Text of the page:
Today we mourn the passing of an icon. On Wednesday the 91-year-old J. D. Salinger died in the New Hampshire home where he had lived in seclusion for more than fifty years.
Salinger published very few works in his lifetime; he abhorred fame and celebrity; he wrote his most famous work a lifetime ago, in 1951. Yet he has had a tremendous effect on American literature in general and on young adult literature in particular. With his novel The Catcher in the Rye (and to a lesser extent, with his short stories) Salinger influenced several generations of readers and writers, elevating the public’s expectations of what a book could and should be.
The Catcher in the Rye was one of those rare books that spoke profoundly to readers— not just a few readers, but many readers, male and female, again and again, since it was first published in 1951. Though it was not the first modern English-language novel to feature uncensored sex, language, and violence, it was the first to really do it right. The frank story and prose were accessible and engaging for the ordinary person (unlike, for instance, James Joyce’s Ulysses), but underneath the popular props of sex-’n-swearing was a literary work of depth, passion, and pathos. It has been a permanent feature of high school English classes for decades, both as a curriculum text and as a perennial target of indignant parents who want it banned. If I am interpreting this correctly, it is the second-most-frequently-banned classic book in American schools and libraries.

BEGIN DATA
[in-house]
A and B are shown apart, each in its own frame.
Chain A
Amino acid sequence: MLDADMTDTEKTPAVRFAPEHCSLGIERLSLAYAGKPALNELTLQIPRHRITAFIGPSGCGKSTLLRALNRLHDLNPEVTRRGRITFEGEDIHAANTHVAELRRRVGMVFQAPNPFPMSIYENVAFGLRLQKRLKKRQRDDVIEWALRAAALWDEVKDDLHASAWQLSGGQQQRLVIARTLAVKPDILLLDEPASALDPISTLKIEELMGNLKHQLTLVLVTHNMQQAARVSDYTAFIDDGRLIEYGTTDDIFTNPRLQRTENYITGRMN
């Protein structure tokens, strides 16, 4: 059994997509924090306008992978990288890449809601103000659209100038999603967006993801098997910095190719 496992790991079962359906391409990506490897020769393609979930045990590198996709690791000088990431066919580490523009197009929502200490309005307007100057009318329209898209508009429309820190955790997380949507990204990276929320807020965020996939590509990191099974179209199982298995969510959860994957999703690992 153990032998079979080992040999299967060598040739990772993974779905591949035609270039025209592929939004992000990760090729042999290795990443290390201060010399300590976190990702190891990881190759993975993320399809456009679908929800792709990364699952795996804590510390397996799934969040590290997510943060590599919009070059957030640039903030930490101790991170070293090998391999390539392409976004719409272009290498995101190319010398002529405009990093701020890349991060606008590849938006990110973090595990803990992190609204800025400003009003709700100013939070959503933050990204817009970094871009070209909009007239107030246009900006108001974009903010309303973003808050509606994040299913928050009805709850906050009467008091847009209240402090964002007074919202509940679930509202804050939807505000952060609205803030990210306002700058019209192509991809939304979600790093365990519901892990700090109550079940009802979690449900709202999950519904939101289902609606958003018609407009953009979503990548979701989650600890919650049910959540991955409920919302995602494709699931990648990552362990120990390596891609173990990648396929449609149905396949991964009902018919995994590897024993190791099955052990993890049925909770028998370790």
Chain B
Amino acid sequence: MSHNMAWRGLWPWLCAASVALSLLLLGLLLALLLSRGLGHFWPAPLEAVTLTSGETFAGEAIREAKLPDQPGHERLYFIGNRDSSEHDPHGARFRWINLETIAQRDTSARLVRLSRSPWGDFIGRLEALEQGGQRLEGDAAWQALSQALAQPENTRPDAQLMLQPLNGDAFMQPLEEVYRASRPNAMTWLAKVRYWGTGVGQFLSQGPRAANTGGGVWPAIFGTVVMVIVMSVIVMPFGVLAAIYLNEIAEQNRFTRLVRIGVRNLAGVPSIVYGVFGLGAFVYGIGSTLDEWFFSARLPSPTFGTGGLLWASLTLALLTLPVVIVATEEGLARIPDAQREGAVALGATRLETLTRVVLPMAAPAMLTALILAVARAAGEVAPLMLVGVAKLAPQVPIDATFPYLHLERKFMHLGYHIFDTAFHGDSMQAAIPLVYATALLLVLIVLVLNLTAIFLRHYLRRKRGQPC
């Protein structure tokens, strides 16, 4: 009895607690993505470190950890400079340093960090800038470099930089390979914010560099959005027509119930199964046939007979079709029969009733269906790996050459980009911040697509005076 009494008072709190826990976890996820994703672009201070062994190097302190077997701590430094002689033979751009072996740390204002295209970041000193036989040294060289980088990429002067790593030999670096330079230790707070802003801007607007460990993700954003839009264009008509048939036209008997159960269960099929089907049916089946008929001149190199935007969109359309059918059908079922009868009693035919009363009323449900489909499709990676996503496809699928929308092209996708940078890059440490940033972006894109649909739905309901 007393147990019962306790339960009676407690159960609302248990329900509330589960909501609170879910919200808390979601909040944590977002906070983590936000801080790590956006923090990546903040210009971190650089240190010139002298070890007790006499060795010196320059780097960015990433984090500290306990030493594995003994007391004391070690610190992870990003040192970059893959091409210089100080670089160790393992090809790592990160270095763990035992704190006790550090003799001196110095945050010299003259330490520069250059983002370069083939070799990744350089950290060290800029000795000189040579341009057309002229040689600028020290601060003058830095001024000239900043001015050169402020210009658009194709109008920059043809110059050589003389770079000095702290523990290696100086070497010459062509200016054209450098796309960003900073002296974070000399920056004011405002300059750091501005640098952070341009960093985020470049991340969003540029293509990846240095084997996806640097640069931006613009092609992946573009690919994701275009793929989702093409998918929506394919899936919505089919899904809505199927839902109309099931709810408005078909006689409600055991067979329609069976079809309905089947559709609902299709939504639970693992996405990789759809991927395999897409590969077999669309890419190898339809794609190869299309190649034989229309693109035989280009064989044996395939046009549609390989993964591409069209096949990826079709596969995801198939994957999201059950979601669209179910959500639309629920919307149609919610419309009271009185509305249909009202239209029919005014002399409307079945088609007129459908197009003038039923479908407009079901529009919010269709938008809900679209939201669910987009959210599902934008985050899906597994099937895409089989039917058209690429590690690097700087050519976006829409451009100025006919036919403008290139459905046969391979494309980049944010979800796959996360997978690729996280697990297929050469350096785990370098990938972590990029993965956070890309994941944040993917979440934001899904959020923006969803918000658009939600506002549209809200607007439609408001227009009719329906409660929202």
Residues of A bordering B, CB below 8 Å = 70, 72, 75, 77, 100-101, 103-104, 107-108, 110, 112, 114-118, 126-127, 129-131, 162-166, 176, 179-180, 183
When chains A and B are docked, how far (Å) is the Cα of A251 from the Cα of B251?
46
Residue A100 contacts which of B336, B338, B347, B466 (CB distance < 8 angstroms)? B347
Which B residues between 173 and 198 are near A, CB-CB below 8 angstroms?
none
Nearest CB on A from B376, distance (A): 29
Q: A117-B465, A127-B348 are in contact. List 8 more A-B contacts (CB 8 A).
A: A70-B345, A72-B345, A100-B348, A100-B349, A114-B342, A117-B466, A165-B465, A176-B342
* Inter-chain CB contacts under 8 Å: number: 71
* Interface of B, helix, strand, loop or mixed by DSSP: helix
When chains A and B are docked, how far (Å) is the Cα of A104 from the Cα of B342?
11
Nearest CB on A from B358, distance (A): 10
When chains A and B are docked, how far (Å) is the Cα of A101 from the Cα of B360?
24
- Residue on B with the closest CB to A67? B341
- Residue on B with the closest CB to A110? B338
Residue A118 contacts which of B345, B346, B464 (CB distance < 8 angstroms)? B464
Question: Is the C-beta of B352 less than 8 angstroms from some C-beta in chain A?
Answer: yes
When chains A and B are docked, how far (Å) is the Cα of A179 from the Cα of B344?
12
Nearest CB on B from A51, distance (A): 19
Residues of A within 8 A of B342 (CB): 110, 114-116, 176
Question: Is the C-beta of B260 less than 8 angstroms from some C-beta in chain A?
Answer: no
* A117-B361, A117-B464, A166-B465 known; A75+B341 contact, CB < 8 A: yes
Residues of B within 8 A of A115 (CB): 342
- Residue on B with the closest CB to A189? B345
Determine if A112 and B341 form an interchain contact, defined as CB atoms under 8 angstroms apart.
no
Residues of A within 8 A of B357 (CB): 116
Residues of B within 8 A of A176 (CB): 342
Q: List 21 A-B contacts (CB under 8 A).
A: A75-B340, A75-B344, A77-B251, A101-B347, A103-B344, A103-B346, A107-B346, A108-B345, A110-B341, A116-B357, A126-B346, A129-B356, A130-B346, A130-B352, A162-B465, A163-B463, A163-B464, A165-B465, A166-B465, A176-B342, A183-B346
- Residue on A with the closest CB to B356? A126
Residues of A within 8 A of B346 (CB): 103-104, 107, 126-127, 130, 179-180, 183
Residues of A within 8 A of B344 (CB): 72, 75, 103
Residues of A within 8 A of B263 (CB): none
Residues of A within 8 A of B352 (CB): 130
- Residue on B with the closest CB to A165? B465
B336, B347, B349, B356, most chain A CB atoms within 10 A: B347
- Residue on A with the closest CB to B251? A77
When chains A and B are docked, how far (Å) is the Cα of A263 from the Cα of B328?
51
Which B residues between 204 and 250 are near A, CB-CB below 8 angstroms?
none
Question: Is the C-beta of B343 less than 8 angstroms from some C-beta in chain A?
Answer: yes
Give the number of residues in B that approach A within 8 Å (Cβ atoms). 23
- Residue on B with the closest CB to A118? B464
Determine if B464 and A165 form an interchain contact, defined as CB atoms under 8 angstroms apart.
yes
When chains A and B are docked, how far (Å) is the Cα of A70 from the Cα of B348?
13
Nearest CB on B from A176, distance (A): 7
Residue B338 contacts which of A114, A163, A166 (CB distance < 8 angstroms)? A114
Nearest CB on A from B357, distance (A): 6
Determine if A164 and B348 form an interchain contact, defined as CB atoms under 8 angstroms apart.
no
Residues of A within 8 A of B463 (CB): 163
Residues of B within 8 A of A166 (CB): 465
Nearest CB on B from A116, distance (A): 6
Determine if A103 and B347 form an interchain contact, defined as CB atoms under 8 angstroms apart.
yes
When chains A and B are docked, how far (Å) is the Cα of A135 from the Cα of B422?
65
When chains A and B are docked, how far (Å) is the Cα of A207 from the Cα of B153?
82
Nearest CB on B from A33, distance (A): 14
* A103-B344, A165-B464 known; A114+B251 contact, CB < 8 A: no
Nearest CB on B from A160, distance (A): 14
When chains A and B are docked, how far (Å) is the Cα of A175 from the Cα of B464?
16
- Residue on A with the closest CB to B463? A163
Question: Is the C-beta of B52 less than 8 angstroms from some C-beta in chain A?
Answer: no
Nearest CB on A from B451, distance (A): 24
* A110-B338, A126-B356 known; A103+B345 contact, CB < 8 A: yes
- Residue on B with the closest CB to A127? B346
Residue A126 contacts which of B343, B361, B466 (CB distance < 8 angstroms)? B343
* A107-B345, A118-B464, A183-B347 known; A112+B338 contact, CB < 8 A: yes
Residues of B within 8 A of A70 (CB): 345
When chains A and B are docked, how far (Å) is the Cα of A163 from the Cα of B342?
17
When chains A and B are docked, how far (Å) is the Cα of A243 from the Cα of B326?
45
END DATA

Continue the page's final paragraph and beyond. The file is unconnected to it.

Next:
The swearing in The Catcher in the Rye seems a little tame these days, and even the protagonist’s sexual encounters are chaste compared to the average contemporary young adult novel. But though parts of the book are dated, Holden Caulfield himself still resonates. Readers, especially male readers, all seem to identify with Holden (sort of how all readers, especially female readers, identify with Hermione Granger). We all see our own unique experiences in Holden’s angst and suffering, and we all imagine that we share Holden’s intellect when he muses about life and love and ducks in a pond.
J.D. Salinger showed the world that the best way to reach teen audiences was to speak their language—replete with swearing, slang, and casual dialogue—and to discuss things that mattered to them: sex, relationships, the purpose of life. American literature is richer because of him, and young adult literature in particular is more meaningful, more accessible, more enjoyable. If you haven’t read him before, I invite you to start with The Catcher in the Rye, or perhaps with something shorter; his short stories are not as well known, but they’re superb. And if you loved Holden Caulfield, let me point you toward another coming-of-age book that satisfies in many of the same ways, Russell Banks’s Rule of the Bone.